Cake Fines in the emergency services, are a good way of ensuring that minor infractions of work-related (informal) rules are suitably ‘punished’.
But with so much confusion out there, in terms of what does and does not constitute an ‘official’ cake fine, then we thought that we would share this handy piece of ‘legislation’:
An Act to consolidate all fines and offences committed by Emergency Service personnel that require payment by means of cake within England, Wales, Scotland and Northern Ireland.
Be it enacted by and with the advice and consent of all registered and recognised Emergency Service authorities within the United Kingdom of Great Britain and Northern Ireland, and by the authority of the same, as follows: —
Failure to pay existing cake fine.
- A person who is subject to an existing cake fine or offence within this Act or any other reason, but fails to pay said cake fine or offence is guilty of an offence under this Act.
- A person guilty under subsection 1 above shall, if found guilty be liable to have their existing fine or offence doubled in amount not exceeding twice the original requirement.
- A person celebrating a birthday shall be liable to a cake fine whether or not:
- It is a milestone birthday
- Their birthday falls on a day they are at work
- Their birthday falls during any annual leave
Confirmation in post.
- A person who has completed their relevant service’s probationary period and is therefore confirmed in post is liable to a fine.
Transferring of positions or locations.
- A person who without good reason, requests a transfer to another department or location is liable prior to leaving, a fine not exceeding 1 cake per person on their own shift.
- Please see section 9 for retirement fines.
Leaving service prior to retirement.
- A person who without good reason, leaves their post of their own free will and is prior to the current retirement age is guilty of an offence.
- A person shall not be guilty of an offence under this section if they are:
- Leaving on medical grounds excluding maternity leave
- Is on secondment that is not at their request
- On Maternity leave
- A person shall not be liable to a fine or guilty of an offence under this Act if they are retiring at or post the statutory retirement age.
False activation of emergency assist button.
- A person, who, without lawful or reasonable excuse causes or permits to cause the false activation of their personal radio emergency assistance button, is liable to a fine under this Act.
Losing or taking home of keys or fuel cards.
- A person, who, without reasonable excuse
- Loses a key
- Loses a fuel card
- Takes home a key
- Takes home a fuel card
to vehicles that belong to their employer is liable to a fine under this Act.
- A person who commits an offence under subsection 1 above must also return said items to their employer as soon as practicable, but does not necessarily need to pay their fine on return of said items.
Failure to lock workstations.
- A person, who, without reasonable excuse, fails to lock a computerised workstation and causes or permits to cause another person to seize upon that moment to send emails on their behalf, is guilty of an offence.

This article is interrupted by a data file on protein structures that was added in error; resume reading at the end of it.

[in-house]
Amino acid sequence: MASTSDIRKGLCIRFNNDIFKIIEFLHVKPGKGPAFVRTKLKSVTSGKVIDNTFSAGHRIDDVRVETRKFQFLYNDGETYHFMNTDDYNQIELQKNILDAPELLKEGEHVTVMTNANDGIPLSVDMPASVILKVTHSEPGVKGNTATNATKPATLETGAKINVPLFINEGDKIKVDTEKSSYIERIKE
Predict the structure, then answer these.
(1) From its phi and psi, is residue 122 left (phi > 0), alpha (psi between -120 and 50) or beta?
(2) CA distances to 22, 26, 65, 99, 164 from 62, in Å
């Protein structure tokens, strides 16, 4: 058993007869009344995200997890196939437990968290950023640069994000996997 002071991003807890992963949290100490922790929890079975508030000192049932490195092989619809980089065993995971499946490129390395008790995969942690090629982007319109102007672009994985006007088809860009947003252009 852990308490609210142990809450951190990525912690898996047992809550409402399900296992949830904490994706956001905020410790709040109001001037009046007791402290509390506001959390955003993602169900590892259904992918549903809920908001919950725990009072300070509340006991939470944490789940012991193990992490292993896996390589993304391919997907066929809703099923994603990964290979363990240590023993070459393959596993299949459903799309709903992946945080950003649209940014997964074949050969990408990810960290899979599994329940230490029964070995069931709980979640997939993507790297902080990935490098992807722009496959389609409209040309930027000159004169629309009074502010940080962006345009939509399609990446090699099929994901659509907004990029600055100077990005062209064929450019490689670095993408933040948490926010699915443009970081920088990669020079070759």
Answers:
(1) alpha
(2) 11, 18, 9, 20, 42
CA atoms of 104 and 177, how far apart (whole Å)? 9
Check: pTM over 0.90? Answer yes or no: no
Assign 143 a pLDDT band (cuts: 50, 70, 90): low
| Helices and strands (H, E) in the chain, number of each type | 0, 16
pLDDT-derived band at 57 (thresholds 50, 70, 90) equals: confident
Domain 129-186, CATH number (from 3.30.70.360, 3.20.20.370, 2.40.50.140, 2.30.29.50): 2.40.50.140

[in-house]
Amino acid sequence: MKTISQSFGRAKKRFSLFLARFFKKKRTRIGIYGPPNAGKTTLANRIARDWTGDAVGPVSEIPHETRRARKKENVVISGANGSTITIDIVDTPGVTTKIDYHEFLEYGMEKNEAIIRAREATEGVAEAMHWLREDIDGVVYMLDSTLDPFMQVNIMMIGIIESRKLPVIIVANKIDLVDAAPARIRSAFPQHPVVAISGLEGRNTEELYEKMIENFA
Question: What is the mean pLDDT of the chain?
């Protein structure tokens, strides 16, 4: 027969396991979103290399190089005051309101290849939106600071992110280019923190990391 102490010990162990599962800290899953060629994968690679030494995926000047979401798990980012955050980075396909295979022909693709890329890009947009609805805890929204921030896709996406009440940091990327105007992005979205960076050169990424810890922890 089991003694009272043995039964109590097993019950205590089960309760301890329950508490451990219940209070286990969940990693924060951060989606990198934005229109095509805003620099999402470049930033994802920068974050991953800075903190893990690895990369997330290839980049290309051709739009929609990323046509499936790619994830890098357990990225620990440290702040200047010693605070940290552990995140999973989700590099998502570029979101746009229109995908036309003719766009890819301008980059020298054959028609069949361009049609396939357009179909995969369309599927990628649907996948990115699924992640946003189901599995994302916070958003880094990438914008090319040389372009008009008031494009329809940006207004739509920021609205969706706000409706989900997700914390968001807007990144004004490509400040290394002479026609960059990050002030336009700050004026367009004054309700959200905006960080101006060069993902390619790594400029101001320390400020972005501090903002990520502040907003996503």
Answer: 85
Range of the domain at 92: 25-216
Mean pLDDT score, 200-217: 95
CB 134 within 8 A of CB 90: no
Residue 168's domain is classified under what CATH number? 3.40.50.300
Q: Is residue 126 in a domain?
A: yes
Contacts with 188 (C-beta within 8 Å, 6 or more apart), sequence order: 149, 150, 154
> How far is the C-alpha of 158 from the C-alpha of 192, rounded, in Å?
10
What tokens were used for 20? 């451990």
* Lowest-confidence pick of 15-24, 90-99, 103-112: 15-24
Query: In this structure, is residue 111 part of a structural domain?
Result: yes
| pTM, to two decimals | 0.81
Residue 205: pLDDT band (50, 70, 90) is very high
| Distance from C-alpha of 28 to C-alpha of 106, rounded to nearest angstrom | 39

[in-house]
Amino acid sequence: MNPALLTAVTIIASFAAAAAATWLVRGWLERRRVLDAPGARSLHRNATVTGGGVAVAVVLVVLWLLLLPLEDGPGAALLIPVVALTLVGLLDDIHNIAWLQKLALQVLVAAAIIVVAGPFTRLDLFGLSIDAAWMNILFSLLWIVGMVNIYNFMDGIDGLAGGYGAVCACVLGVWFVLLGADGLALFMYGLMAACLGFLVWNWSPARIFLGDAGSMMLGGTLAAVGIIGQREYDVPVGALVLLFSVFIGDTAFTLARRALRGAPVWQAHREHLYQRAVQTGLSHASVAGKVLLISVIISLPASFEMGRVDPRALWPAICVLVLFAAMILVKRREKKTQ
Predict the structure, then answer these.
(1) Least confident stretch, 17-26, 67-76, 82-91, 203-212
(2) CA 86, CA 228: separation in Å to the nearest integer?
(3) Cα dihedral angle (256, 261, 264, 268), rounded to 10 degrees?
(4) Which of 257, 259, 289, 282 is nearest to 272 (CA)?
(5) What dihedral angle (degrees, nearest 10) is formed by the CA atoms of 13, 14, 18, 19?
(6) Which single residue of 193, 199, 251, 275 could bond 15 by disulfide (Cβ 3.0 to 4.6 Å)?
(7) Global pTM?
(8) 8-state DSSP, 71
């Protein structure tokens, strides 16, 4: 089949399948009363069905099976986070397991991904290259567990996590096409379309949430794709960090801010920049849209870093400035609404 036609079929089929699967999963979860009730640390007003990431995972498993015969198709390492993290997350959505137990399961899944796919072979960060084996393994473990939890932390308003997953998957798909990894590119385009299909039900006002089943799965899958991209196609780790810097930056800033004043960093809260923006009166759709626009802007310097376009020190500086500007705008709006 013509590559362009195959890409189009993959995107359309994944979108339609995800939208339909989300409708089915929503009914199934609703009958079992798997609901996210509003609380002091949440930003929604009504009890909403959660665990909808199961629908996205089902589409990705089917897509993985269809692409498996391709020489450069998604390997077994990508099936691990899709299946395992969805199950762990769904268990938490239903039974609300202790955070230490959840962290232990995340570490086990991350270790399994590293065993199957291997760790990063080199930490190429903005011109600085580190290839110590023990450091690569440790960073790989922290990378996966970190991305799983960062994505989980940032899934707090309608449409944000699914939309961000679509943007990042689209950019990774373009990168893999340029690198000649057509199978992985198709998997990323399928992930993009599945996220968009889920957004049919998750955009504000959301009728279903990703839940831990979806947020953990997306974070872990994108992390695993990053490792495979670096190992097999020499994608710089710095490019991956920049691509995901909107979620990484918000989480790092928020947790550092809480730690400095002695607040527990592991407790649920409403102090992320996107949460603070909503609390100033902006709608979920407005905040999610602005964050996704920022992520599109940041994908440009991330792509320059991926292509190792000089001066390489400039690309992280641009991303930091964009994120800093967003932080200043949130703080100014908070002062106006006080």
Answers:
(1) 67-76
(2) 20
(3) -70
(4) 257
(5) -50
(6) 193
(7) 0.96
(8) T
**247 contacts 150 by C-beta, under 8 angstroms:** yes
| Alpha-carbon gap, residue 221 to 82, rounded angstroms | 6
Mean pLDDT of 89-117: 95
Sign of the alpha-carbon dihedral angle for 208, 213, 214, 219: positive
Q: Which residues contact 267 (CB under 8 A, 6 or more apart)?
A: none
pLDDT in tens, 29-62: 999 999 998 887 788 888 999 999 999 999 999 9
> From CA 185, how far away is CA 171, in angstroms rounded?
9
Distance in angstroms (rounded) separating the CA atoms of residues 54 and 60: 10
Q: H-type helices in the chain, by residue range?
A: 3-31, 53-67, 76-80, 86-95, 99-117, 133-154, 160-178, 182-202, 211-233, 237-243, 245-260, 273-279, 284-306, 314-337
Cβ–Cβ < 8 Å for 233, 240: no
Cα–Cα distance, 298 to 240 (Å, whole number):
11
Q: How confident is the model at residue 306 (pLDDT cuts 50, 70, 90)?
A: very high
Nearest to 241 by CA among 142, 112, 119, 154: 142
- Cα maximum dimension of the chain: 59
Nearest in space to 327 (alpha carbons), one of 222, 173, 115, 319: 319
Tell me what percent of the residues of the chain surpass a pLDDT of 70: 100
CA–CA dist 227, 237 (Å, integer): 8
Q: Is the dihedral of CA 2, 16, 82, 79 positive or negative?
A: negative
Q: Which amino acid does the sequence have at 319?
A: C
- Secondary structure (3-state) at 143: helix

- A person who seizes an unlocked workstation to send those emails is not guilty of an offence under this Act.
OFFENCES SPECIFIC TO POLICE FORCES
The leaving of pocket note books unattended.
- A person who without reasonable excuse, leaves unattended their pocket note book is guilty of an offence and liable to a fine.
- A person is guilty of an offence under this section whether or not their pocket note book ends up with drawings or notes made in pages.
Inappropriate activation of CS or PAVA.
- A person who without lawful or reasonable excuse, causes or permits to cause the activation of their CS or PAVA canisters within:
- A police station
- A police vehicle
- A hospital
- Any other place when not required
is guilty of an offence.
- A person who loses a suspect whilst pursuing on foot due to fitness levels is guilty of an offence and liable to a fine.
Loss of detained persons.
- A person who without reasonable excuse causes or permits to cause a detained person to escape their custody is guilty of an offence and liable to a fine.
- A person is guilty of an offence and liable to an increased fine if a detained person is handcuffed at the time.
- A person is not guilty under this section if they are injured when a detained person attempts to escape.
- Subject to subsection 2 below. A person is guilty of an offence and liable to a fine of cakes and dog treats if they:
- Are bitten by a police dog because:
- They didn’t listen to a dog handler
- Tried to beat the dog to a suspect
- Got in the way of a police dog whilst is was working
- A person is not guilty of an offence under this section if they can prove beyond reasonable doubt, they did nothing wrong prior to being bitten.
PUNISHMENT OF OFFENCES
Punishment of offences within this Act.
- A person found guilty of offences within this act are liable to fines which are payable through the purchasing of cakes for their shift.
- The amount of cakes per fine is not defined within this act. The amount of cakes required is determined by those organising the fines and the severity of the offence(s).
- A person liable to fines within this act, must clear these fines within 14 days of the offence occurring.
- Fines cannot be split to make the payments smaller over a period of time.
- No persons of any rank within any organisation are exempt from fine payments.
- Donations to a charity in lieu of cake may be permitted in certain circumstances:
- These circumstances are for a supervisor to determine.
- The donation must be at least the same amount that would have been paid in cake fines.
- A person does not have to reserve a cake or purchase a cake on separate occasions should some members of a team not be present on the day the fine is paid.
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